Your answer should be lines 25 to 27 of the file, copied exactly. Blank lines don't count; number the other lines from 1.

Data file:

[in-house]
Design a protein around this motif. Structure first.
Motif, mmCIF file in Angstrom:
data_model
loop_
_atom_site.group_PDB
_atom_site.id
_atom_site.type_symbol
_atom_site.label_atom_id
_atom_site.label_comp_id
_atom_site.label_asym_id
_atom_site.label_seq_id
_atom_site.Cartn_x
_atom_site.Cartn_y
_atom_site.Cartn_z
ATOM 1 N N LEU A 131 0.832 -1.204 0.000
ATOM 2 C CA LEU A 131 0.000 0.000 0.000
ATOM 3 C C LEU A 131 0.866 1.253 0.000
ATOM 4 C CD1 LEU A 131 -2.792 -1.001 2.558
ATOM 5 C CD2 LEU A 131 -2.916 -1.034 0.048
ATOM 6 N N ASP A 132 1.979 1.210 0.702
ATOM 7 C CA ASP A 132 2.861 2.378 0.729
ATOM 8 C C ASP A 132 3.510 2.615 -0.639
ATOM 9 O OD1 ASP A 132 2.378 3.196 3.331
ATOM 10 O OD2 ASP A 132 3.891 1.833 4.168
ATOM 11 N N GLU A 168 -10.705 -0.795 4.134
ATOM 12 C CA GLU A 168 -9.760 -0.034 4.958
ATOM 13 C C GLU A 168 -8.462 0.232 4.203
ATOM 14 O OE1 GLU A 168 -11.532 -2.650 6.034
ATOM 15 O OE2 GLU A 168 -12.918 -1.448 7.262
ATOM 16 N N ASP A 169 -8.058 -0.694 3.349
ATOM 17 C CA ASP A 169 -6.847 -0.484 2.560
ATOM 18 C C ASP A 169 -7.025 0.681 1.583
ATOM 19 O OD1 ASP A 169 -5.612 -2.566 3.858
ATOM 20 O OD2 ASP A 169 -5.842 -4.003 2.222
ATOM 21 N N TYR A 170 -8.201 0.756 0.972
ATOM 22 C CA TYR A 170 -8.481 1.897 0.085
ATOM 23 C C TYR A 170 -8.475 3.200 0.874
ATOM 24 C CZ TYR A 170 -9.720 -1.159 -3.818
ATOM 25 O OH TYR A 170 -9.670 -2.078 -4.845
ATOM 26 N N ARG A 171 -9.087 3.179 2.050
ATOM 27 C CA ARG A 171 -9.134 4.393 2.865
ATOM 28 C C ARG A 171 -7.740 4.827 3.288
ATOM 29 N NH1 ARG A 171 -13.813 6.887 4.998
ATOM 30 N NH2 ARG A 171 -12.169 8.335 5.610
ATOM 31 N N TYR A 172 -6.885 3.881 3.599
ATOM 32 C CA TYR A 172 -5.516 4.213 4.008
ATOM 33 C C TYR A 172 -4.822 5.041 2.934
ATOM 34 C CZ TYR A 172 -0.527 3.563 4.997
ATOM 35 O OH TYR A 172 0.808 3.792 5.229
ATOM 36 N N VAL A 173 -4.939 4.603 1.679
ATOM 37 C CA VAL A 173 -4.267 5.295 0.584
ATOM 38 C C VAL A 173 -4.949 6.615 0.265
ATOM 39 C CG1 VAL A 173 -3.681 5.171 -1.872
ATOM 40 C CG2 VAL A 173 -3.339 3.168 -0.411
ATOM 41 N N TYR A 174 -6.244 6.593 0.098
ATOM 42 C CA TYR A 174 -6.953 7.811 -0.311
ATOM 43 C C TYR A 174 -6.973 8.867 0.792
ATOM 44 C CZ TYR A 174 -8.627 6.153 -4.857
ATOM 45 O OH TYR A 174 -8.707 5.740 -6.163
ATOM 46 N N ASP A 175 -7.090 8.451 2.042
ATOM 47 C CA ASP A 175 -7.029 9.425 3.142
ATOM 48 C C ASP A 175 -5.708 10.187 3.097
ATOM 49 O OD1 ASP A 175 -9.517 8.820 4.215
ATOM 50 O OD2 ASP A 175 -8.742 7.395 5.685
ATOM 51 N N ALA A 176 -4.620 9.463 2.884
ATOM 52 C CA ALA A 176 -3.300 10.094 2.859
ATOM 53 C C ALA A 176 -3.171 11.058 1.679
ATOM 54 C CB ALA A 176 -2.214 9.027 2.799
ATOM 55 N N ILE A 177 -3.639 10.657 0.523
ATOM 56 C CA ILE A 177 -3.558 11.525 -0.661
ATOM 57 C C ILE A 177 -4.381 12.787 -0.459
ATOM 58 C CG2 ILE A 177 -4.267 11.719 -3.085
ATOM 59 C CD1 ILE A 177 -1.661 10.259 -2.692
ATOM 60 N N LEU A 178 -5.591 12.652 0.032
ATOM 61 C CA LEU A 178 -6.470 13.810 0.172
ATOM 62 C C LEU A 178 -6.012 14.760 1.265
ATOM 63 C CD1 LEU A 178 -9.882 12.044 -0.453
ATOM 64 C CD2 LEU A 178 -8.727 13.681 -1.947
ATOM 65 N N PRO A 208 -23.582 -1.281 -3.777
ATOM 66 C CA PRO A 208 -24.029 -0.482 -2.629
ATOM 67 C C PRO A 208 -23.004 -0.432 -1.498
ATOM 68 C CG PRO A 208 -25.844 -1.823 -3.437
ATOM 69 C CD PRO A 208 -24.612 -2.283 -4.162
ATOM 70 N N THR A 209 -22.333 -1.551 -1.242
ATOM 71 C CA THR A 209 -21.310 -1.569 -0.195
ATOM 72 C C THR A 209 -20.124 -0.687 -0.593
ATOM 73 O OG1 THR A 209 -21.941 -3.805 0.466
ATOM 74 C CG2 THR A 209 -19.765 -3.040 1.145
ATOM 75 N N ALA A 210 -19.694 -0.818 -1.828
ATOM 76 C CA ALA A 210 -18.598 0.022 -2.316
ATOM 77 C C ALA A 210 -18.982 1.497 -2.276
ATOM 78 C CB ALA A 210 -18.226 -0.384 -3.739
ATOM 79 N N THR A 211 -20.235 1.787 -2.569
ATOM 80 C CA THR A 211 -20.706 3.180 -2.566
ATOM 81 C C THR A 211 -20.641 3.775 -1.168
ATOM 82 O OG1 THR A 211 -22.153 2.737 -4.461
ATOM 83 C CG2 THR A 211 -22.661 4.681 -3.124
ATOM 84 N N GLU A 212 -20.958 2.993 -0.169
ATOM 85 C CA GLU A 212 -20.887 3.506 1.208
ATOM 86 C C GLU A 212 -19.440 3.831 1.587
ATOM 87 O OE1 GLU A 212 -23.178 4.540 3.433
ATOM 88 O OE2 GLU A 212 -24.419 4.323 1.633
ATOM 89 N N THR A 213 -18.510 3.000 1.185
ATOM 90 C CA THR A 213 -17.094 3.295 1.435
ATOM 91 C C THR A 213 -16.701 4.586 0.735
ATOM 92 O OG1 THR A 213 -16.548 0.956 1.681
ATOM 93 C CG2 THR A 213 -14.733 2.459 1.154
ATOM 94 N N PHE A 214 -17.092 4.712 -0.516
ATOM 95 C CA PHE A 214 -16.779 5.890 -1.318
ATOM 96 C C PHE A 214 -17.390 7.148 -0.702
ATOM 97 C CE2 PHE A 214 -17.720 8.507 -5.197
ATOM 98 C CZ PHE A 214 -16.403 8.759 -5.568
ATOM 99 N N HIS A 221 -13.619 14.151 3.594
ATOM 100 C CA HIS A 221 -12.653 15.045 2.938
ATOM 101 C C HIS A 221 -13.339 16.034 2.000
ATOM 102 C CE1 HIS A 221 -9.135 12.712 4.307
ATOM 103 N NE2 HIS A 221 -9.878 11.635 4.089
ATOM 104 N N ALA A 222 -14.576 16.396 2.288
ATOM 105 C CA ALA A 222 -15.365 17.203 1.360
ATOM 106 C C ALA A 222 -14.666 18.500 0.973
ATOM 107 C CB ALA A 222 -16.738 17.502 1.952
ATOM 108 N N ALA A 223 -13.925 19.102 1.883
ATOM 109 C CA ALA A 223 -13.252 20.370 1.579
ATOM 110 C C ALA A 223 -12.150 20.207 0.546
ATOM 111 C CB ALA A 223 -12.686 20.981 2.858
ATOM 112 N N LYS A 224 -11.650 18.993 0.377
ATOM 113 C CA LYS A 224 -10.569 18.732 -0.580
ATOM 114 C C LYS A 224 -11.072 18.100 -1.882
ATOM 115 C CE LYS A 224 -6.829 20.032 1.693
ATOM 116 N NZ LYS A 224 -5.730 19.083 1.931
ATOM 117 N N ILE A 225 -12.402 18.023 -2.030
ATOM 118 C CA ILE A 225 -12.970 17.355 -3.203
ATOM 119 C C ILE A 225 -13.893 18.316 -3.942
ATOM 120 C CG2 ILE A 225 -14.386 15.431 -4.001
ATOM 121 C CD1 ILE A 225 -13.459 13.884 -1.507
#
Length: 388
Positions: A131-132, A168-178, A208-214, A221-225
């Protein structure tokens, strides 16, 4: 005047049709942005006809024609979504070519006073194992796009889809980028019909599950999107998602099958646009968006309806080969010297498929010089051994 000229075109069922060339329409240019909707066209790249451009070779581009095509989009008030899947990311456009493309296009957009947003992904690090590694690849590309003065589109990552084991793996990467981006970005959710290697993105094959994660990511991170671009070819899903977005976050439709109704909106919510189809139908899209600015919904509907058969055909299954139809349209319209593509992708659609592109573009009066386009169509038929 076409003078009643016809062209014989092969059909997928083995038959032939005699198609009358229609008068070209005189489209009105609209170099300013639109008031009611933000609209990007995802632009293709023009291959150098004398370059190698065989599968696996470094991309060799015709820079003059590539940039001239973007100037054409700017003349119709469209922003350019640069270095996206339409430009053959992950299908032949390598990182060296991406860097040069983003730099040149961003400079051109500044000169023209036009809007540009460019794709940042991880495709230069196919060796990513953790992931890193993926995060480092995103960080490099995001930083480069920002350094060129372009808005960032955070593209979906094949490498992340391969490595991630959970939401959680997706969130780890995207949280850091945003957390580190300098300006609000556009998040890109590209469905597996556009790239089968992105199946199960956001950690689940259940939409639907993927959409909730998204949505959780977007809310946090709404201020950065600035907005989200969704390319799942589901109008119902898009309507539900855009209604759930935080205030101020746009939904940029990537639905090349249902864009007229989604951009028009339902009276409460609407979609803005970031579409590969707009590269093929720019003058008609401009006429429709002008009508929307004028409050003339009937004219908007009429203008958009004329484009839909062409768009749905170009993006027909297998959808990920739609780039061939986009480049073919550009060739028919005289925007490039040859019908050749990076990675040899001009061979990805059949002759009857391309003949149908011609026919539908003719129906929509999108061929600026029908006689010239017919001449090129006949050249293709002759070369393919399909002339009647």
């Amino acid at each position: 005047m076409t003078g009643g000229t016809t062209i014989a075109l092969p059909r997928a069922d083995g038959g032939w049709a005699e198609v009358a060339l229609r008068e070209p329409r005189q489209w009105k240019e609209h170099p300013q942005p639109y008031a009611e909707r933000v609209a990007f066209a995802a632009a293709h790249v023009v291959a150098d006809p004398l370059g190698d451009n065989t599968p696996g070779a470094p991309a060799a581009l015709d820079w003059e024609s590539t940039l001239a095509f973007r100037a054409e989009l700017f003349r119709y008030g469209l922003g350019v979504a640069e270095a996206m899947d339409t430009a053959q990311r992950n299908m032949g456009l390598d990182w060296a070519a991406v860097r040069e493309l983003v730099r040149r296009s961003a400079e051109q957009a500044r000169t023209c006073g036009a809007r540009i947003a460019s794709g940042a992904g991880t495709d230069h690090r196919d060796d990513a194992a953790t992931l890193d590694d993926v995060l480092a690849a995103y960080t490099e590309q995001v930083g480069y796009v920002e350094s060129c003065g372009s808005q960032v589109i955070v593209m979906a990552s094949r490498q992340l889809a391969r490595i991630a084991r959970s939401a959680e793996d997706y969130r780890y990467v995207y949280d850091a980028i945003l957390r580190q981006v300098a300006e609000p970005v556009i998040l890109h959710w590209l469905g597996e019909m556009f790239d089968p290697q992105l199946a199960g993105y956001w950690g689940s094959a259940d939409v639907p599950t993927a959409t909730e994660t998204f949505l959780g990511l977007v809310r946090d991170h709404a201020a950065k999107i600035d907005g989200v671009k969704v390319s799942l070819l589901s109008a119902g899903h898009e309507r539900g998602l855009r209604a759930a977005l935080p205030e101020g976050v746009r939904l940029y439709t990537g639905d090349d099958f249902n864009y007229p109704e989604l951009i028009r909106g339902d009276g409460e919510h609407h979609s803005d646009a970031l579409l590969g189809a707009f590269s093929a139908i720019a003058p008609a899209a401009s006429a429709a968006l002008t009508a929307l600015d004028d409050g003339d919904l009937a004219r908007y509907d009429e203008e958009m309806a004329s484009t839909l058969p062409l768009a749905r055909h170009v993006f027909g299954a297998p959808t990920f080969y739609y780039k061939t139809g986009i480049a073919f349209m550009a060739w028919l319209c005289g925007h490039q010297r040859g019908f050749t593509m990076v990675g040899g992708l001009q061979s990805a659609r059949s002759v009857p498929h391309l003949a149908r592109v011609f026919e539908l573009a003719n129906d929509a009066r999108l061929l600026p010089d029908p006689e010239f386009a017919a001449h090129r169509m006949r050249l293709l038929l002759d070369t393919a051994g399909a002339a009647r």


ATOM 10 O OD2 ASP A 132 3.891 1.833 4.168
ATOM 11 N N GLU A 168 -10.705 -0.795 4.134
ATOM 12 C CA GLU A 168 -9.760 -0.034 4.958